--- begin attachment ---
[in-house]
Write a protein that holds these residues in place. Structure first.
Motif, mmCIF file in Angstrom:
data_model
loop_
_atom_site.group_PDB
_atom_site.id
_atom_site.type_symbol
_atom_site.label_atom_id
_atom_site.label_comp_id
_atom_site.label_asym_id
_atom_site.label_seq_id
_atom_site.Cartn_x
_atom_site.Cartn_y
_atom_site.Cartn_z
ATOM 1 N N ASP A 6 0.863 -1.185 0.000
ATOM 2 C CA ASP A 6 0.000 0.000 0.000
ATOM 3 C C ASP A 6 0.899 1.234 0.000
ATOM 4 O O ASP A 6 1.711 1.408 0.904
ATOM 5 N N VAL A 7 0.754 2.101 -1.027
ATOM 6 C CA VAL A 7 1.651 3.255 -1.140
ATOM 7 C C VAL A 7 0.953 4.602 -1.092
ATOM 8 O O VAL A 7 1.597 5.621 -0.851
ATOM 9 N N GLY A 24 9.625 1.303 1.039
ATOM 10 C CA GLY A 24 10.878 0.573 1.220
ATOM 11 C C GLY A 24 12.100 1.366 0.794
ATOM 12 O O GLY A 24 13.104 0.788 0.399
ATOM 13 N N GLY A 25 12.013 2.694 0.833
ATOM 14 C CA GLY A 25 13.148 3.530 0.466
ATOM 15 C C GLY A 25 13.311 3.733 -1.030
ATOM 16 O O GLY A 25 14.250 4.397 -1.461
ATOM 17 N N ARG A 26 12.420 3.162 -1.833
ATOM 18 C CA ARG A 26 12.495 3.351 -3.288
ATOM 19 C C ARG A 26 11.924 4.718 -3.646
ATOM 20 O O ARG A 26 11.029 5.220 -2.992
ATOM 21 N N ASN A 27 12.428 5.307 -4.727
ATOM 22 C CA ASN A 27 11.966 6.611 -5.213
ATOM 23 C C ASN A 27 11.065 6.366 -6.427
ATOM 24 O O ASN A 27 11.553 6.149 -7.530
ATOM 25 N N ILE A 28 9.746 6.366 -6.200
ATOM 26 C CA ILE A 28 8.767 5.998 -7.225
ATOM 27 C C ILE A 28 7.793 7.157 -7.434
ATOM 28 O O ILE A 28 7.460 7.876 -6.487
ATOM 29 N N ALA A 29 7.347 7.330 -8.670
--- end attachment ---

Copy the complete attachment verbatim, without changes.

[in-house]
Write a protein that holds these residues in place. Structure first.
Motif, mmCIF file in Angstrom:
data_model
loop_
_atom_site.group_PDB
_atom_site.id
_atom_site.type_symbol
_atom_site.label_atom_id
_atom_site.label_comp_id
_atom_site.label_asym_id
_atom_site.label_seq_id
_atom_site.Cartn_x
_atom_site.Cartn_y
_atom_site.Cartn_z
ATOM 1 N N ASP A 6 0.863 -1.185 0.000
ATOM 2 C CA ASP A 6 0.000 0.000 0.000
ATOM 3 C C ASP A 6 0.899 1.234 0.000
ATOM 4 O O ASP A 6 1.711 1.408 0.904
ATOM 5 N N VAL A 7 0.754 2.101 -1.027
ATOM 6 C CA VAL A 7 1.651 3.255 -1.140
ATOM 7 C C VAL A 7 0.953 4.602 -1.092
ATOM 8 O O VAL A 7 1.597 5.621 -0.851
ATOM 9 N N GLY A 24 9.625 1.303 1.039
ATOM 10 C CA GLY A 24 10.878 0.573 1.220
ATOM 11 C C GLY A 24 12.100 1.366 0.794
ATOM 12 O O GLY A 24 13.104 0.788 0.399
ATOM 13 N N GLY A 25 12.013 2.694 0.833
ATOM 14 C CA GLY A 25 13.148 3.530 0.466
ATOM 15 C C GLY A 25 13.311 3.733 -1.030
ATOM 16 O O GLY A 25 14.250 4.397 -1.461
ATOM 17 N N ARG A 26 12.420 3.162 -1.833
ATOM 18 C CA ARG A 26 12.495 3.351 -3.288
ATOM 19 C C ARG A 26 11.924 4.718 -3.646
ATOM 20 O O ARG A 26 11.029 5.220 -2.992
ATOM 21 N N ASN A 27 12.428 5.307 -4.727
ATOM 22 C CA ASN A 27 11.966 6.611 -5.213
ATOM 23 C C ASN A 27 11.065 6.366 -6.427
ATOM 24 O O ASN A 27 11.553 6.149 -7.530
ATOM 25 N N ILE A 28 9.746 6.366 -6.200
ATOM 26 C CA ILE A 28 8.767 5.998 -7.225
ATOM 27 C C ILE A 28 7.793 7.157 -7.434
ATOM 28 O O ILE A 28 7.460 7.876 -6.487
ATOM 29 N N ALA A 29 7.347 7.330 -8.670